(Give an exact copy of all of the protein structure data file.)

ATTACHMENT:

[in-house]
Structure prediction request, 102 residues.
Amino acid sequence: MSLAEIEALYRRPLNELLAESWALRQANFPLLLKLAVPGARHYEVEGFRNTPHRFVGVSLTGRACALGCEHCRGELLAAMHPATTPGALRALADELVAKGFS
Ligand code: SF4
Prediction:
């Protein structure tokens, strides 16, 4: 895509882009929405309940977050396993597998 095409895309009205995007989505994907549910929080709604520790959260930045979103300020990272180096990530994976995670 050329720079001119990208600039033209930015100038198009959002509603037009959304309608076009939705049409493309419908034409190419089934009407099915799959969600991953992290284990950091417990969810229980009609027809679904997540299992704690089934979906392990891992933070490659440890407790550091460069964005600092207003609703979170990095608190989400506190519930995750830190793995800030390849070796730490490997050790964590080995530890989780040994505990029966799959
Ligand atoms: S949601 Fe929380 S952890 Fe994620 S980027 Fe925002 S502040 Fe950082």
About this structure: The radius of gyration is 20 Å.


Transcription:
[in-house]
Structure prediction request, 102 residues.
Amino acid sequence: MSLAEIEALYRRPLNELLAESWALRQANFPLLLKLAVPGARHYEVEGFRNTPHRFVGVSLTGRACALGCEHCRGELLAAMHPATTPGALRALADELVAKGFS
Ligand code: SF4
Prediction:
């Protein structure tokens, strides 16, 4: 895509882009929405309940977050396993597998 095409895309009205995007989505994907549910929080709604520790959260930045979103300020990272180096990530994976995670 050329720079001119990208600039033209930015100038198009959002509603037009959304309608076009939705049409493309419908034409190419089934009407099915799959969600991953992290284990950091417990969810229980009609027809679904997540299992704690089934979906392990891992933070490659440890407790550091460069964005600092207003609703979170990095608190989400506190519930995750830190793995800030390849070796730490490997050790964590080995530890989780040994505990029966799959
Ligand atoms: S949601 Fe929380 S952890 Fe994620 S980027 Fe925002 S502040 Fe950082």
About this structure: The radius of gyration is 20 Å.